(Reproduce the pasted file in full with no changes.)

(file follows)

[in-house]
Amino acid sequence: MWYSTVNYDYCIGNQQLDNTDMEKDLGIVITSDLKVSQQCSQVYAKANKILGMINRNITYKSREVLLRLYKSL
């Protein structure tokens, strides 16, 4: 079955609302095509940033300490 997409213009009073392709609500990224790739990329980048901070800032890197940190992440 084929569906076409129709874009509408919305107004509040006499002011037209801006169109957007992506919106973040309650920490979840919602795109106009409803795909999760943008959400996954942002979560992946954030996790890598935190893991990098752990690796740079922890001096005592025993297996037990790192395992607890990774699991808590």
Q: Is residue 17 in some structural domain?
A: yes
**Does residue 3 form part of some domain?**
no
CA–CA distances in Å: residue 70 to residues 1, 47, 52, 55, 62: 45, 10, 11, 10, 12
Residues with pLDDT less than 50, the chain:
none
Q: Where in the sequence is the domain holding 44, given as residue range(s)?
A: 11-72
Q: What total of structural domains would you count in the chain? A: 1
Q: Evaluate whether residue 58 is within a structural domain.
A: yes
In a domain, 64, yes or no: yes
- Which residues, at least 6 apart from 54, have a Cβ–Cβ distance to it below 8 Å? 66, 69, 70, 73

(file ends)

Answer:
[in-house]
Amino acid sequence: MWYSTVNYDYCIGNQQLDNTDMEKDLGIVITSDLKVSQQCSQVYAKANKILGMINRNITYKSREVLLRLYKSL
């Protein structure tokens, strides 16, 4: 079955609302095509940033300490 997409213009009073392709609500990224790739990329980048901070800032890197940190992440 084929569906076409129709874009509408919305107004509040006499002011037209801006169109957007992506919106973040309650920490979840919602795109106009409803795909999760943008959400996954942002979560992946954030996790890598935190893991990098752990690796740079922890001096005592025993297996037990790192395992607890990774699991808590």
Q: Is residue 17 in some structural domain?
A: yes
**Does residue 3 form part of some domain?**
no
CA–CA distances in Å: residue 70 to residues 1, 47, 52, 55, 62: 45, 10, 11, 10, 12
Residues with pLDDT less than 50, the chain:
none
Q: Where in the sequence is the domain holding 44, given as residue range(s)?
A: 11-72
Q: What total of structural domains would you count in the chain? A: 1
Q: Evaluate whether residue 58 is within a structural domain.
A: yes
In a domain, 64, yes or no: yes
- Which residues, at least 6 apart from 54, have a Cβ–Cβ distance to it below 8 Å? 66, 69, 70, 73